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St. Finnian

St. Finnian

(470-549)

Feast Day: December 12

Considered one of the fathers of Irish monasticism, St. Finnian founded Clonard Abbey in Ireland in 520. His vast knowledge of Scripture and skills as a teacher, coupled with his unwavering dedication to live simply, inspired the vocations of missionaries who established monasteries in Europe. These institutions went on to become some of the most influential centers of Christian thought in the Middle Ages.

Finnian was born in 470 in County Carlow and studied with St. Fortchern of Trim, a disciple of St. Patrick, before traveling to Wales and France to study. Participating in the austere lifestyle of the monks at Tours strongly influenced his vision for religious life. Finnian went back to Wales for several years to study Scripture before returning to Ireland. While there, he copied the Vulgate Bible written by St. Jerome and several other classics.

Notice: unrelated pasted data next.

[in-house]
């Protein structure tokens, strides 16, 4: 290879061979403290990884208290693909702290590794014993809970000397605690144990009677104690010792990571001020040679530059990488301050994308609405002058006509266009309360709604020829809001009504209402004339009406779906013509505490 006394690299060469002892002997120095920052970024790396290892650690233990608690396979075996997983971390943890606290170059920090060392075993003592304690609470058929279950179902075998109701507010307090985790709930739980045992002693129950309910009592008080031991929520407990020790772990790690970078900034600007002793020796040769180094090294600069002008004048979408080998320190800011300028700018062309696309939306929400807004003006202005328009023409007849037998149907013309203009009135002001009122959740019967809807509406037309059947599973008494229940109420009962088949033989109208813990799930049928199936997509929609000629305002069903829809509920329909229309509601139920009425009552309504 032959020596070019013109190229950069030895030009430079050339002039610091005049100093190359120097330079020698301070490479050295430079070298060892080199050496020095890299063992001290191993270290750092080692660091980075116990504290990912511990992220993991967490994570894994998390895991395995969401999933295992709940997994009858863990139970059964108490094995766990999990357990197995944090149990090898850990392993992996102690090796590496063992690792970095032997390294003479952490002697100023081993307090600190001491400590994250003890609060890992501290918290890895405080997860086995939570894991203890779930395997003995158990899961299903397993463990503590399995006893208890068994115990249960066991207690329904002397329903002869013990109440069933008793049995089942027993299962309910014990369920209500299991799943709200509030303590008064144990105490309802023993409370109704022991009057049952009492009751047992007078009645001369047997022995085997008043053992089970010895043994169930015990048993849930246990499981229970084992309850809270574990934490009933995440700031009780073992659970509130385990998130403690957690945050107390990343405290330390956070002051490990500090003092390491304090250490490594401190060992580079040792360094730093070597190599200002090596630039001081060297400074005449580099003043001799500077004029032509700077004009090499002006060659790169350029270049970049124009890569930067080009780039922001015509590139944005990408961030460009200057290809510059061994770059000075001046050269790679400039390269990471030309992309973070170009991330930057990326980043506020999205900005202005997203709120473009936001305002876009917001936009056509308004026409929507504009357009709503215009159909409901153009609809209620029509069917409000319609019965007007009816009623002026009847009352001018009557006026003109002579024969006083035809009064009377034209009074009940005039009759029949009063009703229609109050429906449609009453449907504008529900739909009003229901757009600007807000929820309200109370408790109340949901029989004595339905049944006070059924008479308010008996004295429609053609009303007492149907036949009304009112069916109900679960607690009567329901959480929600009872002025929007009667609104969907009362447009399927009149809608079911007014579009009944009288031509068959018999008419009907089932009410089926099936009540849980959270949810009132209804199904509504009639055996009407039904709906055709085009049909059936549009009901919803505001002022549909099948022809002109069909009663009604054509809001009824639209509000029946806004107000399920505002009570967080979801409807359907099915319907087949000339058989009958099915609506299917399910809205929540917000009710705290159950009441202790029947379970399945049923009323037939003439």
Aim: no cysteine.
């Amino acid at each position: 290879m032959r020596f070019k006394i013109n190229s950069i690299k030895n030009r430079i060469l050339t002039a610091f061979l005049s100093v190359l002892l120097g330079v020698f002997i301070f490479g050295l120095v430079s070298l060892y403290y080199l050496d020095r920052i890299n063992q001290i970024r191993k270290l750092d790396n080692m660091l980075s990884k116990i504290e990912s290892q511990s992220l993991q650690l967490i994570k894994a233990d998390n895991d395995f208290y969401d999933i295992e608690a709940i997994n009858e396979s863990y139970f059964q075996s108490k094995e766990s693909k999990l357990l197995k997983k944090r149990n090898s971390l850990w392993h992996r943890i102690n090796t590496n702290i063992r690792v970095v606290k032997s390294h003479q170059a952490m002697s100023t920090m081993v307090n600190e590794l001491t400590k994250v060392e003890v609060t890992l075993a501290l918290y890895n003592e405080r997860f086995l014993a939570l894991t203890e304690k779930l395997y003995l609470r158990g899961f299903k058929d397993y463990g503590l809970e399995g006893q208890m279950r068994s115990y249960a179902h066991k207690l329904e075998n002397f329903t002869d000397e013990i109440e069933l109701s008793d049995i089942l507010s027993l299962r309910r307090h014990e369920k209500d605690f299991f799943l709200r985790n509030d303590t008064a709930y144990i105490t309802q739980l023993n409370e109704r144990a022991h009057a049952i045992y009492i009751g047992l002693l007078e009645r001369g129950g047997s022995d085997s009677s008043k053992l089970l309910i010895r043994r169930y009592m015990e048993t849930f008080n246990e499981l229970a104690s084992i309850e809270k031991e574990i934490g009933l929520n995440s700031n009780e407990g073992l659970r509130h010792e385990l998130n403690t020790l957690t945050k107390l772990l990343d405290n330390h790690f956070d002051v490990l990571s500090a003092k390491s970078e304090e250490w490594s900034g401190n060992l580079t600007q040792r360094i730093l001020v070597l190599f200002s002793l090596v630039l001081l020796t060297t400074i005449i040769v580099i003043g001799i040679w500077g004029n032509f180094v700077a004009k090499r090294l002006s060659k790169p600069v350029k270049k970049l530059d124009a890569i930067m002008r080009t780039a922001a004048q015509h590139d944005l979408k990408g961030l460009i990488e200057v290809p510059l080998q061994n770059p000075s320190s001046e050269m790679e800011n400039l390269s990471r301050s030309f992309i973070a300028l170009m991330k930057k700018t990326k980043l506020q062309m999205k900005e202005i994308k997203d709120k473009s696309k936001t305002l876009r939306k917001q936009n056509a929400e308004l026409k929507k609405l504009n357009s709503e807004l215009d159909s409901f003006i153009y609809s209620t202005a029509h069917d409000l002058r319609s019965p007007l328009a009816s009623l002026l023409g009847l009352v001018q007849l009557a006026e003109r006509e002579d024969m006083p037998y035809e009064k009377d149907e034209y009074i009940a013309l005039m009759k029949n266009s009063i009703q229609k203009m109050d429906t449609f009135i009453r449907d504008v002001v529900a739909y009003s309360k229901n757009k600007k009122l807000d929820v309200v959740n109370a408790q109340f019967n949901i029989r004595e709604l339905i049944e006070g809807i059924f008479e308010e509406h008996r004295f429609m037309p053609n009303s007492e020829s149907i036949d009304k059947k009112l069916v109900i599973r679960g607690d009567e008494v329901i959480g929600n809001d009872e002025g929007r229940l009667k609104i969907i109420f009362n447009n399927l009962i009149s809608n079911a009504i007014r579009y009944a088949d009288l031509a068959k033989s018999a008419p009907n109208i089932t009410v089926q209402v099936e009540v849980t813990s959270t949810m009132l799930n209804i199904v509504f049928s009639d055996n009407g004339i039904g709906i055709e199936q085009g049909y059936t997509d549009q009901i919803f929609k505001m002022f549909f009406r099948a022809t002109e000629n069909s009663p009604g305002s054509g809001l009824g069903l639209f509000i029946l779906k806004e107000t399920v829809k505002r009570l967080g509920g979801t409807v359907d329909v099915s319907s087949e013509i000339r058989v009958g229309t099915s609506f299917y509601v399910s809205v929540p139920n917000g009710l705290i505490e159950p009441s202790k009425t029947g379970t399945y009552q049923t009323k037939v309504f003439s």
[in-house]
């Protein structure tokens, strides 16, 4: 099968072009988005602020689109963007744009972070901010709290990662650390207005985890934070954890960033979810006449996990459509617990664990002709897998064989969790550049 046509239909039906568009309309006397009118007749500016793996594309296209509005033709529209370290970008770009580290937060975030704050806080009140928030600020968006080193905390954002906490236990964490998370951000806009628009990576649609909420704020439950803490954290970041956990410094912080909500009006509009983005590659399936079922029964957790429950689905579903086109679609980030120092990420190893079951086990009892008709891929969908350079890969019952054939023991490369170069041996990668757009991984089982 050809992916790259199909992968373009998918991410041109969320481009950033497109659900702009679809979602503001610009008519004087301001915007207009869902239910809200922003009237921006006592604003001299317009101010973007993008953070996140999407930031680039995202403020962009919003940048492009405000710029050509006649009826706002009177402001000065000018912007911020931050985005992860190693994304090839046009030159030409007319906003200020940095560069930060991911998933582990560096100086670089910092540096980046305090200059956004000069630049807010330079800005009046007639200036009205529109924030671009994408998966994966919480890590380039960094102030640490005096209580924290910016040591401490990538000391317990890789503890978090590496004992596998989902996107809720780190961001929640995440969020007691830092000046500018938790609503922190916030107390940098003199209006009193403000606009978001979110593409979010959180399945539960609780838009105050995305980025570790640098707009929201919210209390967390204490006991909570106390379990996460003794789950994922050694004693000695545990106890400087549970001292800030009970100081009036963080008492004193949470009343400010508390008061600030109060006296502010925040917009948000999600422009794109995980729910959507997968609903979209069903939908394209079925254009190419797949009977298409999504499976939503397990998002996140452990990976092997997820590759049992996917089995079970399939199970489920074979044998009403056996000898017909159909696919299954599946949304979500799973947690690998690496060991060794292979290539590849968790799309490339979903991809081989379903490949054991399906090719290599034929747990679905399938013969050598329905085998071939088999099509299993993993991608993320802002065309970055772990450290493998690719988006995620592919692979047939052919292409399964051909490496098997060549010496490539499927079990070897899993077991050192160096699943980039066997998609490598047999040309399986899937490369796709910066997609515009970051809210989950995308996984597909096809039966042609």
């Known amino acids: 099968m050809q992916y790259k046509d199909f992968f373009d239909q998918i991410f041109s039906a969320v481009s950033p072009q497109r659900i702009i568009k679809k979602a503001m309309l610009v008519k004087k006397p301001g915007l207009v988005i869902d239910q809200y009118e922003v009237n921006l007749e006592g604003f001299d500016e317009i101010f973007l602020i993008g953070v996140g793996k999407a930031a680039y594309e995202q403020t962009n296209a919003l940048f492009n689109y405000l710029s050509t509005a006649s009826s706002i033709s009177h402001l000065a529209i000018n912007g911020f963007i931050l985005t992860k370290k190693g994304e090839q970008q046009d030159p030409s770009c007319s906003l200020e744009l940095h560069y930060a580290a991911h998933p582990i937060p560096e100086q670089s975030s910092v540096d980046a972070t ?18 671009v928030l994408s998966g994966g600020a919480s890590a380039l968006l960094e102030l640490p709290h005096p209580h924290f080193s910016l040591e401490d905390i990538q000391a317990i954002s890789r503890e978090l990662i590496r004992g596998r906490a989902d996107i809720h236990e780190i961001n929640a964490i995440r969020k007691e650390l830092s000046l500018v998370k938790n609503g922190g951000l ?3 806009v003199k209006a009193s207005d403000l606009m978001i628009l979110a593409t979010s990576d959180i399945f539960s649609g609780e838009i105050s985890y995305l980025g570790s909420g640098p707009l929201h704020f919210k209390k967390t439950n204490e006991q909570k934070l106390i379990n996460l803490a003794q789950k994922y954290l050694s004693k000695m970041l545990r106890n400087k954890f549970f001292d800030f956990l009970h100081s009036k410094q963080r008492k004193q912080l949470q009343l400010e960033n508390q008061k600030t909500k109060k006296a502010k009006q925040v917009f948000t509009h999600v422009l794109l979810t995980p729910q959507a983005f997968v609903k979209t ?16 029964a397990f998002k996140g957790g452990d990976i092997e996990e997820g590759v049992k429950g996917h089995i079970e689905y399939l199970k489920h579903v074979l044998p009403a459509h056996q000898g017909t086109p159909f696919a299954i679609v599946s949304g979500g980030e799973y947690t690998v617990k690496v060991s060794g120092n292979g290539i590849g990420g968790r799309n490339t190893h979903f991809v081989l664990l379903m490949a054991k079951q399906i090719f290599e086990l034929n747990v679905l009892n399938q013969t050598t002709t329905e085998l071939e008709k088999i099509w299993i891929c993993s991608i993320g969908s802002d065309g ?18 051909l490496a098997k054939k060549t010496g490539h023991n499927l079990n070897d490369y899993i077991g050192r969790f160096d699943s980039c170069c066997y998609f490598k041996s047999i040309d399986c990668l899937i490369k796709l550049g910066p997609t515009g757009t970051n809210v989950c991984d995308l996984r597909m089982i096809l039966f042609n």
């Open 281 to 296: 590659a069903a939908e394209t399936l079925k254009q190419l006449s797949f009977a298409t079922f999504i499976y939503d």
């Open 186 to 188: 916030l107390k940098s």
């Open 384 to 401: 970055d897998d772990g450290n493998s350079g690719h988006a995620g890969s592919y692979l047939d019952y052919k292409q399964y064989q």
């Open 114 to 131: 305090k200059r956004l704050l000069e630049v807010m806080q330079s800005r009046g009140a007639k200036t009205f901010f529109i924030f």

Upon his return to Ireland, he founded two monasteries there before teaching at St. Brigid’s monastery in Kildare. According to tradition, an angel led him to an uninhabited area at Clonard where he built a small dwelling of clay and wattle to study, pray and live simply.

Word of Finnian’s knowledge and holiness attracted laypeople, clerics, abbots and even bishops. He established Clonard Abbey in 520, modeled on the traditions of early Christian hermits and focused on the study of Scripture. It is said that as many as 3,000 monks studied there at one time, and over the centuries thousands of monks and theologians were drawn to St. Finnian’s monastery to study the works of the Church Fathers and the Scriptures.

Finnian’s work also influenced the practice of personal penance. The Penitential of Finnian focuses on developing virtue to overcome sinful behavior, and is considered one of the oldest surviving texts of its kind. Finnian died from the plague in 549.